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3. Transforming coordinates

Now that computerized data reductions of digital images (e.g., CCD frames) are commonplace, it is frequently necessary to transform positions of stars from one cartesian coordinate system to another. For most practical purposes we need only consider that the coordinate systems of two CCD frames (possibly from different telescopes) are related by a translation of the origin, a rotation, a scale change, and possibly a flip (for instance, if one frame is from a prime focus and the other is from a cassegrain focus), since the effects of higher-order distortions are usually negligible in a typical five-arcminute field of view. Therefore, our transformation equations can be written in the form

Equation 58

So, if we have n stars, we have 2n equations in four unknowns: A, B, rho, and theta. The chintzy way out is to solve the x and y equations separately:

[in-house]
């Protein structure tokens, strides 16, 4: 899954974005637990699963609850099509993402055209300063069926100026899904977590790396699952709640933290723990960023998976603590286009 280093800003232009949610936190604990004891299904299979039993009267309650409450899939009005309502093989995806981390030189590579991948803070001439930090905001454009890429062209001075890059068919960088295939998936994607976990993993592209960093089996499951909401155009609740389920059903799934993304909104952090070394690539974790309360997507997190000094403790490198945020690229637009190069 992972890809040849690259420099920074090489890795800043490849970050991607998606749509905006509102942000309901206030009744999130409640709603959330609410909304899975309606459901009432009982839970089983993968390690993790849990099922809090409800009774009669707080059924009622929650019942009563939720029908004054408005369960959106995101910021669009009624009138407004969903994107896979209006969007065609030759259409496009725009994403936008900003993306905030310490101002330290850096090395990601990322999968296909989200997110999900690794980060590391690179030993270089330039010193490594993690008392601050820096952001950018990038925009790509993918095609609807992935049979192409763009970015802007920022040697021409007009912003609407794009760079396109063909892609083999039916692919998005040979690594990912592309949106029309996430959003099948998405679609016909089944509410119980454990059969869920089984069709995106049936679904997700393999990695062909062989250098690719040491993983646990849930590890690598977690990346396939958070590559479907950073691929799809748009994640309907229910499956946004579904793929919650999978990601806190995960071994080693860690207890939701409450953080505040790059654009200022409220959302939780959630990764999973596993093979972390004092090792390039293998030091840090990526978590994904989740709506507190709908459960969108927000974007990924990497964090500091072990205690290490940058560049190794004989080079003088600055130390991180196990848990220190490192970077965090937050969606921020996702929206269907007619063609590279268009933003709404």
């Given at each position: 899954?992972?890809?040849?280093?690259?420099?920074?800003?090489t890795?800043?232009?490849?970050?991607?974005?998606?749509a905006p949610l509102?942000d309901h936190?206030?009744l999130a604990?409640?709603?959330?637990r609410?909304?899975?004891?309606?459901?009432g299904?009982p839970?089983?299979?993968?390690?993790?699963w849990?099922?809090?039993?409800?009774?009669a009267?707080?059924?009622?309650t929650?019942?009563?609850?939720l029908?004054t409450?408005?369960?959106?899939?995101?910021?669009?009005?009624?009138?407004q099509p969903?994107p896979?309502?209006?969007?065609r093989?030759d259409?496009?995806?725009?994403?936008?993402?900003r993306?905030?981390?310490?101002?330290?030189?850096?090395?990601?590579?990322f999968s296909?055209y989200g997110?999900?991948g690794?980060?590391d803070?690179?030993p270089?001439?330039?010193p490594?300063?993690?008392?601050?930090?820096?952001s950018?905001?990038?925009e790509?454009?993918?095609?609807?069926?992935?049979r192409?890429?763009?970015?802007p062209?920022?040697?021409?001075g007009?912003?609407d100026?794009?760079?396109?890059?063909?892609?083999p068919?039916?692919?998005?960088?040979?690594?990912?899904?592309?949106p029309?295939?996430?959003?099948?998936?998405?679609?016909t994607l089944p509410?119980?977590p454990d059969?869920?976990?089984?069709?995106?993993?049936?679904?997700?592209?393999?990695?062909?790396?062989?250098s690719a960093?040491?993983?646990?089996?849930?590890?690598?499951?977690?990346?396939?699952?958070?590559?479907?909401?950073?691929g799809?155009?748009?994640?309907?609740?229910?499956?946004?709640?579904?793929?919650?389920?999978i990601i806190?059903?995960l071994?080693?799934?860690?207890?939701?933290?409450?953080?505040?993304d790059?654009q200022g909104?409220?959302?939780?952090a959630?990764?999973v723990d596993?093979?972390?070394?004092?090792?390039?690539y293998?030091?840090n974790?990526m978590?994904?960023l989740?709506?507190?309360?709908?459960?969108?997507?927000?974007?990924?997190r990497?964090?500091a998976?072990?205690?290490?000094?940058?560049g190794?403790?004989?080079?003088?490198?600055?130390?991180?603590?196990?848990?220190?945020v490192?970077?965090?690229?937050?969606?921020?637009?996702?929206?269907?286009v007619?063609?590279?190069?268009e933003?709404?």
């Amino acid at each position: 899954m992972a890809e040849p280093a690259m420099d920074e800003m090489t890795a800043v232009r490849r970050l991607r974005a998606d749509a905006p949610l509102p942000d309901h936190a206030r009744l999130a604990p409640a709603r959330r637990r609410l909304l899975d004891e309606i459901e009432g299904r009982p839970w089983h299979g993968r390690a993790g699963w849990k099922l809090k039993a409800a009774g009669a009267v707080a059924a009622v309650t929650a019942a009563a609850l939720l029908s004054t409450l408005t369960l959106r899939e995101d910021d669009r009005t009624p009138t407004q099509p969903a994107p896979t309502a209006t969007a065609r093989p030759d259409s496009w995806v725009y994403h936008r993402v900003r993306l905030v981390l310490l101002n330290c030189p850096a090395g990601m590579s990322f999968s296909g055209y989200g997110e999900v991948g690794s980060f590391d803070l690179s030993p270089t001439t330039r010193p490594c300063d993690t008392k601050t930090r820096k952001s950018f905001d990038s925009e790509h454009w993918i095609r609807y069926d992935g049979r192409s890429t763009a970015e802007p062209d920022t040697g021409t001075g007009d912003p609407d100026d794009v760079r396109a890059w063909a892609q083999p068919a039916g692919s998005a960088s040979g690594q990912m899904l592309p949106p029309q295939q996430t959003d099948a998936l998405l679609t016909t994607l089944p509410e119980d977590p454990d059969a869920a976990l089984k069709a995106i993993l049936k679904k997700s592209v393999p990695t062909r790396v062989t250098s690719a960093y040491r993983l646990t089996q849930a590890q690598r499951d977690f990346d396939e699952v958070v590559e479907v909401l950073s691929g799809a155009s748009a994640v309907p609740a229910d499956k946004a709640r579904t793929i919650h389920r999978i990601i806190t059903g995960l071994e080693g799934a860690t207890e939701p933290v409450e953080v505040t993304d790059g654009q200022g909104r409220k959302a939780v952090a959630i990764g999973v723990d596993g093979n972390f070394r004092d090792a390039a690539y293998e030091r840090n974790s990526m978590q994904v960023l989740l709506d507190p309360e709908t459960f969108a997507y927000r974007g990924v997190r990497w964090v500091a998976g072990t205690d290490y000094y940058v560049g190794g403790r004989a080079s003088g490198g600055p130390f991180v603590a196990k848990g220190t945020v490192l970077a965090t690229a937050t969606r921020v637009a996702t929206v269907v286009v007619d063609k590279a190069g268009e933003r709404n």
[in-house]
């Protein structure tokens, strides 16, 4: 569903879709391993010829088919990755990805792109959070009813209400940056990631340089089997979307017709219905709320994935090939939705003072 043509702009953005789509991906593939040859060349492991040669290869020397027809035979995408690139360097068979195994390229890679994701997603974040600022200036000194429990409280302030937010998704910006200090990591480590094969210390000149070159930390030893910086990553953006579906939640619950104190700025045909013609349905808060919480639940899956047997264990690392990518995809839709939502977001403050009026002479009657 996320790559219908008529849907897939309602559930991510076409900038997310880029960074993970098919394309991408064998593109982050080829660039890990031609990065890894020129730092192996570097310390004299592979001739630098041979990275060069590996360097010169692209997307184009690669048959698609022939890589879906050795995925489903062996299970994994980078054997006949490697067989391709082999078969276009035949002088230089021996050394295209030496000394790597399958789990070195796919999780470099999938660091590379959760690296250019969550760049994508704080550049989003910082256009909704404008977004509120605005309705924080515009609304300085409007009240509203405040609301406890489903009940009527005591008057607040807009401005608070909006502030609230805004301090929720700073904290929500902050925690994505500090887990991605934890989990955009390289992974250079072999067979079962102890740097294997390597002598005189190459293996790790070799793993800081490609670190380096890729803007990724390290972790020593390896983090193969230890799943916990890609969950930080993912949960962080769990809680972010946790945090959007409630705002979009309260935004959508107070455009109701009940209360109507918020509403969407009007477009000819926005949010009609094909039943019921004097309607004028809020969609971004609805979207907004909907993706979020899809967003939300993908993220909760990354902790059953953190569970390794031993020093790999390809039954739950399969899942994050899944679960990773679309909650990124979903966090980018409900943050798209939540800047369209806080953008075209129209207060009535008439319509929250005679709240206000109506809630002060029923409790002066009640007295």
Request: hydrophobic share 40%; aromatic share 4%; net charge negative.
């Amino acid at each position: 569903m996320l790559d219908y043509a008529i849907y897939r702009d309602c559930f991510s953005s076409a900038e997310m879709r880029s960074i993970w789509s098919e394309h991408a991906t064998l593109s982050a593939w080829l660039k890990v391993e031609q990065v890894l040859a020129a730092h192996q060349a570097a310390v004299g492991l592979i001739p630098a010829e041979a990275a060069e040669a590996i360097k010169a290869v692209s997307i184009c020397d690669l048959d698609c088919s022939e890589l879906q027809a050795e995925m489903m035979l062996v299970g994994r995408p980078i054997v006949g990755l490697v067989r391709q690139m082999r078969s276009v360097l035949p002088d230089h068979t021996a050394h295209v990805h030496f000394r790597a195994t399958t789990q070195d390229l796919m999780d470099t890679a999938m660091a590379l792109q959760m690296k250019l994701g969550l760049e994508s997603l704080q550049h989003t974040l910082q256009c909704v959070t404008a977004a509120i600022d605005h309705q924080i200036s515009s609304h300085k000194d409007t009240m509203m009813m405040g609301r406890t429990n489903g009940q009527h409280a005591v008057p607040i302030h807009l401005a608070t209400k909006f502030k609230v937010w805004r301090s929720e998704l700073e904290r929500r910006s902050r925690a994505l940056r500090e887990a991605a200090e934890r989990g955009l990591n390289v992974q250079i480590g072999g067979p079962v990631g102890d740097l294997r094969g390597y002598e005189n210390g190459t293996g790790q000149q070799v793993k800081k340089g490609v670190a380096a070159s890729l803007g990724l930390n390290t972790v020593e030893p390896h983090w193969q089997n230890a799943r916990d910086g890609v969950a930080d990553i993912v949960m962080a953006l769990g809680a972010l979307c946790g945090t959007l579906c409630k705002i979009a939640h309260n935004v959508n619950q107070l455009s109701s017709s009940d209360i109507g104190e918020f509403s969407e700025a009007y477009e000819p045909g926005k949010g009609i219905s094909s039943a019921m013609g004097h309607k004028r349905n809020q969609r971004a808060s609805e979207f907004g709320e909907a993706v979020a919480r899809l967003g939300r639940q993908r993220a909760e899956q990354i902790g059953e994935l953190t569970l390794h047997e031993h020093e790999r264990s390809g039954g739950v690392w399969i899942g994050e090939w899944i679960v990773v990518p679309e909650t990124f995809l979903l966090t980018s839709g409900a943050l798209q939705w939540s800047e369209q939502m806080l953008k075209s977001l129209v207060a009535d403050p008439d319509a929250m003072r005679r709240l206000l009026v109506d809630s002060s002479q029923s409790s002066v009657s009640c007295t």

Equation 59

and then to fool around with Chat, Dhat, Ehat, and Fhat to get some compromise average values for rho and theta. There's a more elegant way to do it, however.

First, let's rewrite our original equations a bit: letting C = rho cos(theta) and D = rho sin(theta), we get

Equation 60

(forgetting for the moment the possibility of a flip - I presume you'll know ahead of time when you've got one). These can be rewritten again,

Equation 61

and yet again,

Equation 62


Equation 63

Remember: I told you the tj, i can be anything you can assign a numerical value to. Now we can use vanilla least squares to get the answers we want:

Equation 64

If you really want to know them, you can now compute rhohat = sqrt(Chat2 + Dhat2) and thetahat = arctan(Dhat / Chat) - no muss, no fuss, no compromises, just good, clean least squares straight from where you are to where you want to go.

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